If you find that even in social situations where everyone else is having one drink you are unable to stop after one drink, this is a warning signal. Normal drinkers can go out with friends and have one or two cocktails before calling it a night. For those with an alcohol addiction, there is a craving for more and more once drinking has commenced.

When alcohol addiction begins to take hold, it takes the top spot on the priority list. If you find that other responsibilities are being neglected like cleaning the house and taking care of the children, this signals an addiction. If you have been calling out of work more often because alcohol use has caused you to feel ill during the day, this can point towards an addiction. If you are a student and have skipped more classes than you usually do, this is a red flag as well.


Physical Symptoms of Alcohol Addiction

In addition to psychological signs of alcoholism, there are physical signals that point toward a major problem with alcohol. Blacking out on a regular basis is a red flag. Blacking out occurs when you drink so much that you lose the memory of what happened, yet you are able to talk and are conscious when this is occurring. When blackouts occur, it means you have had far too much alcohol to drink.

Tolerance to alcohol is another physical sign of the start of dependence. If you find that it takes more and more alcoholic drinks to achieve the same effect as it used to, this is tolerance. This means that your body is being exposed to alcohol on a regular basis and has adapted to it in order to tolerate it better.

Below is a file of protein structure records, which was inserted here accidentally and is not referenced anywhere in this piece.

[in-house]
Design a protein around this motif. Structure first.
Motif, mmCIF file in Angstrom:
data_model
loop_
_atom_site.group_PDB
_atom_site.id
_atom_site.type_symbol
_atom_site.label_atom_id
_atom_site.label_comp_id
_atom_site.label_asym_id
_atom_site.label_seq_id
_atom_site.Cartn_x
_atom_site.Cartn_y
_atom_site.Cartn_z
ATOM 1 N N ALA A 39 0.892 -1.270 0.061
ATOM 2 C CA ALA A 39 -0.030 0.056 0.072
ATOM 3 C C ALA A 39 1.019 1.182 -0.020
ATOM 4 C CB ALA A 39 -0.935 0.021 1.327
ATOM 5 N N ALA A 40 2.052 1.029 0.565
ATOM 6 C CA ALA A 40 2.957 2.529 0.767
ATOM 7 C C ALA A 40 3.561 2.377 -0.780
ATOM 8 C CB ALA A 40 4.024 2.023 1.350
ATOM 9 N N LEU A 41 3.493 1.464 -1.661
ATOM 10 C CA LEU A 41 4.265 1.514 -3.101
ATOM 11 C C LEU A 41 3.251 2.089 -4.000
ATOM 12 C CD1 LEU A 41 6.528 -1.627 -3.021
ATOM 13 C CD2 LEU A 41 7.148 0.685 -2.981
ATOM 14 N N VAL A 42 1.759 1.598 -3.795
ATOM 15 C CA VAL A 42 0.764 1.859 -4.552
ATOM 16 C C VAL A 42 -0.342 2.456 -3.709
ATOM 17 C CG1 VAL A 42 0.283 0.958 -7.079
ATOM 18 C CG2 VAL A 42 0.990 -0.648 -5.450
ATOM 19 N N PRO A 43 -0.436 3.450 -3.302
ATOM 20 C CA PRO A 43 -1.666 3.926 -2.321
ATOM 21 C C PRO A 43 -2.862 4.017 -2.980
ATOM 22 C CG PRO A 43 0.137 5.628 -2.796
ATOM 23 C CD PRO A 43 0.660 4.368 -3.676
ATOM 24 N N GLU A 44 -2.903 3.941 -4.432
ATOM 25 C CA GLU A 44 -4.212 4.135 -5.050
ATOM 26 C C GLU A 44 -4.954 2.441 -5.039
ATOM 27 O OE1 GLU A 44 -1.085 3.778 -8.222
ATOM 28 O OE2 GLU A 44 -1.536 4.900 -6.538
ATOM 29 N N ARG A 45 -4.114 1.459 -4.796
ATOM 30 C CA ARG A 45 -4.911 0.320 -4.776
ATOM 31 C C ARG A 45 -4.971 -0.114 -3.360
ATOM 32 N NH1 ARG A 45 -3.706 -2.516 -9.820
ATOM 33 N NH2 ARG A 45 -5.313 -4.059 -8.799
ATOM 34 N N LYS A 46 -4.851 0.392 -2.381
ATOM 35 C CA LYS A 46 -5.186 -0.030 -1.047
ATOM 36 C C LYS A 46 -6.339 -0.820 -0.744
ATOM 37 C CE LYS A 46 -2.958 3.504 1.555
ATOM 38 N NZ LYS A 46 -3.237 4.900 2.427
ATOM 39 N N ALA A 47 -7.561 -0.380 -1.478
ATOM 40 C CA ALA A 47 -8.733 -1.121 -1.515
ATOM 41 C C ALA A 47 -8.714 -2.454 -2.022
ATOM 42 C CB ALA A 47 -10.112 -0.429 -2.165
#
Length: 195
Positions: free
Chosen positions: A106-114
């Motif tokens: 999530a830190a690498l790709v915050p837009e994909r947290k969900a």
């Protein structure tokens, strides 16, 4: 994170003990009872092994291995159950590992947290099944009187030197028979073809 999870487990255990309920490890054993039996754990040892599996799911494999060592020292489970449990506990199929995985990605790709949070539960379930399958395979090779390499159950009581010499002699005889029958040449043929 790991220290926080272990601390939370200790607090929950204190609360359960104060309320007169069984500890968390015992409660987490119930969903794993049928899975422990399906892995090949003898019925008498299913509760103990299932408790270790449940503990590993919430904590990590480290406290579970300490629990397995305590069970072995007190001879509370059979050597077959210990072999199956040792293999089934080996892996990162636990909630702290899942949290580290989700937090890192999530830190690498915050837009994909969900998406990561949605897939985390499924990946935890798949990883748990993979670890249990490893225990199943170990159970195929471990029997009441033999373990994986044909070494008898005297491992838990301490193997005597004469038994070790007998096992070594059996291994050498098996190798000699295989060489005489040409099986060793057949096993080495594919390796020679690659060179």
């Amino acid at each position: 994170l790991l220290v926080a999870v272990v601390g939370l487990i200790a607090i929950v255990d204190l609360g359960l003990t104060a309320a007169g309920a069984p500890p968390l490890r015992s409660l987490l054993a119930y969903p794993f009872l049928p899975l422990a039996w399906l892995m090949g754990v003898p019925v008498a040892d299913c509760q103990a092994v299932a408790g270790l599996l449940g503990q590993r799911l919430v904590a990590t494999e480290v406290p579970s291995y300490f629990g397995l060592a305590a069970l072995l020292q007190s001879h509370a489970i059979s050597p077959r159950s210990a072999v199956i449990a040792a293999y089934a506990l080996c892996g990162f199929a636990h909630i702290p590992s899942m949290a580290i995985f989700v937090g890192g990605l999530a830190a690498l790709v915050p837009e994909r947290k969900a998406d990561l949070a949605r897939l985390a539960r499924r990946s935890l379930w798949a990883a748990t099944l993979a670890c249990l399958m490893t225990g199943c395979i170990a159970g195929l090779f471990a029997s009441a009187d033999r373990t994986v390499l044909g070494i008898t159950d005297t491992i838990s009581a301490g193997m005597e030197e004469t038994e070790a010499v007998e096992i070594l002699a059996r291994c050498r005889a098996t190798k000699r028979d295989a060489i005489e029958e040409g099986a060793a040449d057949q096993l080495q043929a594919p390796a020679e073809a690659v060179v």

If you have attempted to quit and experience withdrawal symptoms, this means you have developed an addiction to alcohol. Withdrawal symptoms occur because, over time, the body has grown so accustomed to a steady consumption of alcohol that it stops being able to function normally without it. Withdrawal is different than a hangover. Withdrawal symptoms occur due to the absence of alcohol, not because you have had too much to drink. Some symptoms of alcohol withdrawal include:

  • Fatigue
  • Irritability
  • Depression
  • Anxiety
  • Nausea and vomiting
  • Profuse sweating
  • Tremors particularly in the hands

A sure sign of alcohol addiction is the desire to quit drinking, but not having the ability to do so on your own. Alcoholism is a treatable illness, but the vast majority of people with a problem need help to quit. There are many different forms of treatment available including 12 step support groups, individual therapy, group therapy, and intensive inpatient treatments. Alcohol addiction is a serious illness and should be treated as such. If dependence on alcohol is suspected, detoxing should never be attempted alone without consulting a trained addiction specialist. Alcohol withdrawal can be dangerous if you are not supervised and may need to occur in the safety of a detox facility.

If you or loved one needs help to quit drinking, call us today at 877 813-9235 to get started on the path to recovery.